An independent institution established for the prevention, investigation, prosecution and punishment of corruption, corrupt practices and to provide for other related matters. 

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Address:  Integrity House, Tower Hill, Freetown Sierra Leone, West Africa.



 Reaching out to rural communities is a priority to the Anti-Corruption Commission (ACC), not only to convey corruption prevention messages, but also to promote society’s moral values. As a result, the Southern Region Office of the ACC has empowered residents and chiefdom authorities of Ngalu Community, Nyallay Section, Bagbwe Chiefdom, Bo District, with anti-corruption messages at the town’s Native Court Barray on 23rd September, 2022.     

Speaking at the meeting, ACC’s Southern Region Manager, Momodu Sittar, said the large turnout of residents and local authorities at the meeting is a demonstration of their interest to join forces with the ACC to weed corruption out of their community. He further encouraged them that such enthusiasm must not stop at listening to anti-corruption messages, but must be used to speak and act against corruption.

Mr. Sittar acknowledged the challenges public sector workers are confronted with in rural communities but cautioned that any attempt to use them as justification to participate in unlawful practices will face the full force of the law. He drew their attention to the Commission’s intervention to make corruption unfashionable through the amendment of the Anti-Corruption Act 2008 by increasing the fines and prison term, introducing mandatory restitution for funds misappropriated, offence for academic malpractices and money recovered through out of court settlement now attracting an interest of not less than ten 10%. He said that despite the remarkable effort of the Commission, it can only be sustained with public support.     

In his statement, ACC’s Senior Public Education Officer, Abdulai Saccoh, said rural communities seem to be a safe haven to perpetrate illegal practices because most of them often choose to remain silent. He said that the destiny of the community is in their hands to decide whether to romance with corruption or disown it. He admonished local authorities not to use customs and tradition as a pretext to extort money from unsuspecting masses because such acts do not only undermine the peace and stability of the community but are also punishable by law.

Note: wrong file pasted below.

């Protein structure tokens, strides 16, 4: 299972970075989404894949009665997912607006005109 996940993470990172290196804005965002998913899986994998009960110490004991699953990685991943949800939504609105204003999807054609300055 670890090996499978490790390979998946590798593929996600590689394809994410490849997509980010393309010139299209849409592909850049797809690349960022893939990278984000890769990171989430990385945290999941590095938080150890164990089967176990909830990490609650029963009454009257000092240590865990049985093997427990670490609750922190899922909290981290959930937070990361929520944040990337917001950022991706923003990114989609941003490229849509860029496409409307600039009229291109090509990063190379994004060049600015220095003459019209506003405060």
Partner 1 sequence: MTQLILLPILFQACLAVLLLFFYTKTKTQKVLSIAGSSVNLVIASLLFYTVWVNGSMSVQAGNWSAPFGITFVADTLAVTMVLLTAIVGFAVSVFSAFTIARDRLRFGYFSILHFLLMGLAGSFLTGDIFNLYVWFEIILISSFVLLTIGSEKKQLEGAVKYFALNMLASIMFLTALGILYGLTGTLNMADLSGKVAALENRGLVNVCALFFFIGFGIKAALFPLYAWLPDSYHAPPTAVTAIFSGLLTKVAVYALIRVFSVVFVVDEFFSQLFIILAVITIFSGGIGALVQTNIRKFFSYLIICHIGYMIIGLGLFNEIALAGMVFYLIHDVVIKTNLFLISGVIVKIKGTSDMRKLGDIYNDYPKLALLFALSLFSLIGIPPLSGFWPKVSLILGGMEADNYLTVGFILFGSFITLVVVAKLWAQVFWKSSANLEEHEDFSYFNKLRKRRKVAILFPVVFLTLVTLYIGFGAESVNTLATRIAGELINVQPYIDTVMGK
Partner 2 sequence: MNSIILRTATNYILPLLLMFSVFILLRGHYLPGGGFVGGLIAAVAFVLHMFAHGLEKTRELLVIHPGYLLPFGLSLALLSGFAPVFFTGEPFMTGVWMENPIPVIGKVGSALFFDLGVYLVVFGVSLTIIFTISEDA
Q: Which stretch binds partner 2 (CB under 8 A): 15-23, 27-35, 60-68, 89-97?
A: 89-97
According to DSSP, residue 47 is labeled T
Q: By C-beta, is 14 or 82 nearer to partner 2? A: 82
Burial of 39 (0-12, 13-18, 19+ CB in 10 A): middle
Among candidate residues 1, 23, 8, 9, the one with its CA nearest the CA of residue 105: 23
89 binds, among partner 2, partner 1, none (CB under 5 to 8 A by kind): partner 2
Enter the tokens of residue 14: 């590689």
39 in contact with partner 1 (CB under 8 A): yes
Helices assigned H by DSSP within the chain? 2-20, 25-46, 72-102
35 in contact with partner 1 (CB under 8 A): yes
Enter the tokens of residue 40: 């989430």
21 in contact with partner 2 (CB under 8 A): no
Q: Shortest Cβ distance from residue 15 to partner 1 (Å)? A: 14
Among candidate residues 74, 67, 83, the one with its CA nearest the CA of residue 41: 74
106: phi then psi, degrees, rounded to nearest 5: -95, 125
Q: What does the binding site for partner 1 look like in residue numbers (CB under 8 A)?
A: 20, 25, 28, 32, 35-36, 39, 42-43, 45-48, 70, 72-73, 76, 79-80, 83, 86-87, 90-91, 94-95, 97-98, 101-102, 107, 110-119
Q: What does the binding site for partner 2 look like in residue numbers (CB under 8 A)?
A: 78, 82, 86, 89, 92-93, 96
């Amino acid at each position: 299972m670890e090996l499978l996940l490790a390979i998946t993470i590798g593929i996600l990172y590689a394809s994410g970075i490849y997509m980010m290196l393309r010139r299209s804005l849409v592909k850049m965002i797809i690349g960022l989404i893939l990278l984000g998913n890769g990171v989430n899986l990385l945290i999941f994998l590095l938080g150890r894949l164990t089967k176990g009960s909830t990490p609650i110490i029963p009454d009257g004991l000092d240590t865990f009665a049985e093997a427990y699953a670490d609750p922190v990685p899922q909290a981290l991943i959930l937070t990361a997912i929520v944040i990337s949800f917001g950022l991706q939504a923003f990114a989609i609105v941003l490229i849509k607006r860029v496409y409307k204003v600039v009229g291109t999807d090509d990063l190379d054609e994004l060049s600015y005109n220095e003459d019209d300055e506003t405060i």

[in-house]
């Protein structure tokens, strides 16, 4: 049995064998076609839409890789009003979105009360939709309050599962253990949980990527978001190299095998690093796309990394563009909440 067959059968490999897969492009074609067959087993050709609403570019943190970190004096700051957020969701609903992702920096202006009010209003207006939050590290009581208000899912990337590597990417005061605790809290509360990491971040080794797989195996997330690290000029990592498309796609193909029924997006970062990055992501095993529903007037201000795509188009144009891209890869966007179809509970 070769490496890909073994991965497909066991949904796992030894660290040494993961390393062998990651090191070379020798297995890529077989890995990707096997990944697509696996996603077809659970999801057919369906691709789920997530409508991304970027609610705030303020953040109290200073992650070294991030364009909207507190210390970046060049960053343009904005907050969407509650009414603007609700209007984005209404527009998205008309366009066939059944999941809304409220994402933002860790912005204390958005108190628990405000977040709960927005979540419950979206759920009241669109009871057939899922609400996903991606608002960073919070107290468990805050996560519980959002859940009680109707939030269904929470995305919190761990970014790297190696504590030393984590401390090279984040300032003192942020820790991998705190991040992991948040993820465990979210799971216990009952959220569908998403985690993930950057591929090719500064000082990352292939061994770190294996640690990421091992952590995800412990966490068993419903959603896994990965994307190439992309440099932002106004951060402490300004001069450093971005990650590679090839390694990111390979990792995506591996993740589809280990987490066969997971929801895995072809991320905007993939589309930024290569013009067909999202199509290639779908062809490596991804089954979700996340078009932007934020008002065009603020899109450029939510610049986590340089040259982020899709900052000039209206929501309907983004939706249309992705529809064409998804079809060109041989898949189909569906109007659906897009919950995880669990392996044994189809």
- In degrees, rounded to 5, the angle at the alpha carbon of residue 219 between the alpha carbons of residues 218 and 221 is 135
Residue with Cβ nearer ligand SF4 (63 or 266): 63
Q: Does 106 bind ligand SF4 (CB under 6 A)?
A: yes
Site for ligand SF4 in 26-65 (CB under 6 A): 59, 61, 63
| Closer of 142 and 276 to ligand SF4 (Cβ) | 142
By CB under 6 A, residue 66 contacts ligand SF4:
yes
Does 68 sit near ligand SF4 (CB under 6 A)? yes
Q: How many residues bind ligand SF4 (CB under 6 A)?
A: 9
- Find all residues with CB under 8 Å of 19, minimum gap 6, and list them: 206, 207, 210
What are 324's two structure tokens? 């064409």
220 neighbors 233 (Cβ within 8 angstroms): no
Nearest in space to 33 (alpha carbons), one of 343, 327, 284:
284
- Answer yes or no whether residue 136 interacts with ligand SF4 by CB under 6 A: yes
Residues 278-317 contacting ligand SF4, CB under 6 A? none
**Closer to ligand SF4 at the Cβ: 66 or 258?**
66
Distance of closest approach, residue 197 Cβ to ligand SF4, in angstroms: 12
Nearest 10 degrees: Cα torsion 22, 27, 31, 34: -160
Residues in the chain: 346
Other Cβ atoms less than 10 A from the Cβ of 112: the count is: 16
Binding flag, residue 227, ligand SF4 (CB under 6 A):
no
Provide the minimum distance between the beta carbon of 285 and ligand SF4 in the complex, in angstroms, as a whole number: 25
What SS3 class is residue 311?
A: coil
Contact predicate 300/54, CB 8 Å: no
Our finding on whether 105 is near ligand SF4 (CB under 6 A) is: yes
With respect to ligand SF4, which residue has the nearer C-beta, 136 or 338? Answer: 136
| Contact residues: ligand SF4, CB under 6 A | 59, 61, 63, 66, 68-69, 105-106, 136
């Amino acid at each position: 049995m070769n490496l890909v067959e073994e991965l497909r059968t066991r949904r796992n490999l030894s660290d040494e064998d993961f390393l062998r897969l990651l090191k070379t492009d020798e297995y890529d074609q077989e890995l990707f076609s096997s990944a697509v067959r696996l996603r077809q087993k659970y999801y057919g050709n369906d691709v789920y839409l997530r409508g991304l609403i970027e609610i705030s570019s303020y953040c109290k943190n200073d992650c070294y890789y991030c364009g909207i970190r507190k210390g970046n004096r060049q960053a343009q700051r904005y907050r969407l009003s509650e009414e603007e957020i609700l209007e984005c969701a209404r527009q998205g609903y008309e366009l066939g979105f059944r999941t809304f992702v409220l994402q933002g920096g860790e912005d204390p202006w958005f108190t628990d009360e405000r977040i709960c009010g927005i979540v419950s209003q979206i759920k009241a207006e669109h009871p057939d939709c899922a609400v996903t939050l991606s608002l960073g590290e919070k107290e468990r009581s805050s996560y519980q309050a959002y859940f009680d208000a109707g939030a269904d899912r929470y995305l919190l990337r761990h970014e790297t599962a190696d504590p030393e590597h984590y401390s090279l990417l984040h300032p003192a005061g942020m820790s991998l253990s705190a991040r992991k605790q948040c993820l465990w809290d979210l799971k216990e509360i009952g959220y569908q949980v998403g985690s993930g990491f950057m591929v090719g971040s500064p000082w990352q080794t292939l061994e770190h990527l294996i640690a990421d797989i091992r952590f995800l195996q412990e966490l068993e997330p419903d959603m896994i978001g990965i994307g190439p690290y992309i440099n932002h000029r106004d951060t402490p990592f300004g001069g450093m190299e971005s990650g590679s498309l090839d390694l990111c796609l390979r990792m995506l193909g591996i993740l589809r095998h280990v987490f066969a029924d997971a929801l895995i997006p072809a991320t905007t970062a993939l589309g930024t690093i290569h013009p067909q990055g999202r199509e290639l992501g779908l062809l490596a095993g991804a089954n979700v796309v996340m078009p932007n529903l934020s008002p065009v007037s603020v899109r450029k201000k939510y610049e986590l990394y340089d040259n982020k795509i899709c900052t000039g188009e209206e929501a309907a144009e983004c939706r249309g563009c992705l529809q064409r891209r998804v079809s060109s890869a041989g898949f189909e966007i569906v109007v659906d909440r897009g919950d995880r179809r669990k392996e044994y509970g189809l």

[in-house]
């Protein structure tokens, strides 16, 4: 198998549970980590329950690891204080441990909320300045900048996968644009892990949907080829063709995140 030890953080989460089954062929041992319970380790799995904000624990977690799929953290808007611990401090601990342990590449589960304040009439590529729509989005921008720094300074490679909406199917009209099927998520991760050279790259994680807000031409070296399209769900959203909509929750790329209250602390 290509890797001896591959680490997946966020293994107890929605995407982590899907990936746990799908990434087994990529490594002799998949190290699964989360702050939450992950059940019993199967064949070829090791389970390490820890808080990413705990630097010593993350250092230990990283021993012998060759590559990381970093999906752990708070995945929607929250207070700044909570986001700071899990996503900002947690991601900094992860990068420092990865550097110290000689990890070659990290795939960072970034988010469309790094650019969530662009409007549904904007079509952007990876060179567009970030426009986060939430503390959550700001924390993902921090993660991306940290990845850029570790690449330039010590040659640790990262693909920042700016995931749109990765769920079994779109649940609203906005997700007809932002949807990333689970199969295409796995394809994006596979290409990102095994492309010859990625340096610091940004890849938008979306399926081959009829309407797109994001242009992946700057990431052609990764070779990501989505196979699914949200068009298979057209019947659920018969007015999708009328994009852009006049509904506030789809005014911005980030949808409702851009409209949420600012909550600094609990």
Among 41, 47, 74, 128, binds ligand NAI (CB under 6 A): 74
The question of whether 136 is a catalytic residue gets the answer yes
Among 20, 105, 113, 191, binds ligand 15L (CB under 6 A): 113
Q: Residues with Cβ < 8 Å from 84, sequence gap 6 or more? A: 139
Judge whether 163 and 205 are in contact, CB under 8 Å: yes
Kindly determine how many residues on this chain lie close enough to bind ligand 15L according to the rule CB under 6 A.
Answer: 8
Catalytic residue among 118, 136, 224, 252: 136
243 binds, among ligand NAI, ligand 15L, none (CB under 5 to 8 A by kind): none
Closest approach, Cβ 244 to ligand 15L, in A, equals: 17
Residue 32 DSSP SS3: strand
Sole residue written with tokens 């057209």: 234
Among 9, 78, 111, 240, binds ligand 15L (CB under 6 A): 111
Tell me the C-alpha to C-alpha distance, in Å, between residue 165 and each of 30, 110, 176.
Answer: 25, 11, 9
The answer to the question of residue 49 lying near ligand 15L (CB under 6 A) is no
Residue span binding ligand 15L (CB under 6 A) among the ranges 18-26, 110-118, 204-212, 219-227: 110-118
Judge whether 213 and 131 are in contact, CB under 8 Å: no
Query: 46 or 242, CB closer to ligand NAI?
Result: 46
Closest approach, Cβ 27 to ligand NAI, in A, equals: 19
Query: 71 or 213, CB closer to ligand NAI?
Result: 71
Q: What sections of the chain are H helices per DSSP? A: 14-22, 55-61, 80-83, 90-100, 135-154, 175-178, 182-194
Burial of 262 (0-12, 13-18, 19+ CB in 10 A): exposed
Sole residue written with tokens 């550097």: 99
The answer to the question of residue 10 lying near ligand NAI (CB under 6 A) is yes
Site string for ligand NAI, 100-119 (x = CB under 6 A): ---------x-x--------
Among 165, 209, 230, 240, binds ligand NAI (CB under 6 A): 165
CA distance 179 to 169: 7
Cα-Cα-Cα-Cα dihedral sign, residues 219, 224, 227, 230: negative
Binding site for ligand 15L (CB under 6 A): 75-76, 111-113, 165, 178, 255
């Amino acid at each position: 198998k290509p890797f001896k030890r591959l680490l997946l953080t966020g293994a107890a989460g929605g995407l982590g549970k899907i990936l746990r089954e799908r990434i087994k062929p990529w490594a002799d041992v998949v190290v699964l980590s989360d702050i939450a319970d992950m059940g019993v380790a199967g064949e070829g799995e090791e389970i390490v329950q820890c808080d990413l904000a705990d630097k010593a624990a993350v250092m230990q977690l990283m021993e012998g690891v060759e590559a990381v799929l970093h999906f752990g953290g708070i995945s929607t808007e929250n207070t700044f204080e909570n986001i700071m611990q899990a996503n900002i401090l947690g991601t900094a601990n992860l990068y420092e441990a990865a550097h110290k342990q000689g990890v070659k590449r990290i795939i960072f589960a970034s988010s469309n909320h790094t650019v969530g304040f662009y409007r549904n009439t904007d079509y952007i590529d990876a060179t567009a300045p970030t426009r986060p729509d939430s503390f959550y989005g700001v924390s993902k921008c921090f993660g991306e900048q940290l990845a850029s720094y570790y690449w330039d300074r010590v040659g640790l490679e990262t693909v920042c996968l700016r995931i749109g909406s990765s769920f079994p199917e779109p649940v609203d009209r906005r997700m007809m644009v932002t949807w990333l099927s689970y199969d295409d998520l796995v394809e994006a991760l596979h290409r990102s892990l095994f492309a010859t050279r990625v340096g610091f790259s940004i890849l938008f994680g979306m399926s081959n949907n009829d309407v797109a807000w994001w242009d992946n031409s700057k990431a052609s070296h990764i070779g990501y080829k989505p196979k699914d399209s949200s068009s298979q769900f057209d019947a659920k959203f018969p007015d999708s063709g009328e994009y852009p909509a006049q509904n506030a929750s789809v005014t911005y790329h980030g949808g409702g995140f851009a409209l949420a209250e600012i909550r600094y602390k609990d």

Mr. Saccoh said that the enormous resources in rural communities can only positively impact the lives of people when concrete steps are taken to hold duty bearers accountable for their actions.

ACC’s Public Education Officer, Mohamed A. Kabba, said that the engagement is part of the Commission’s public awareness raising drive to shed light on some dishonest acts which have caused pain and misery on the lives of vulnerable people. He admonished the people not to offer anything of monetary value to a public officer for services that they are paid to provide. He assured residents that reports made through the toll free lines 077-985985 or 077-986986will remain confidential.

Section Chief of the chiefdom Joseph B. Bundu said they are pleased to have ACC in their midst, noting that such engagements will go a long way to improve services in schools, health facilities and local courts. Pa Bundu assured the Commission, on behalf of his people, of their fullest cooperation and support to the fight against corruption.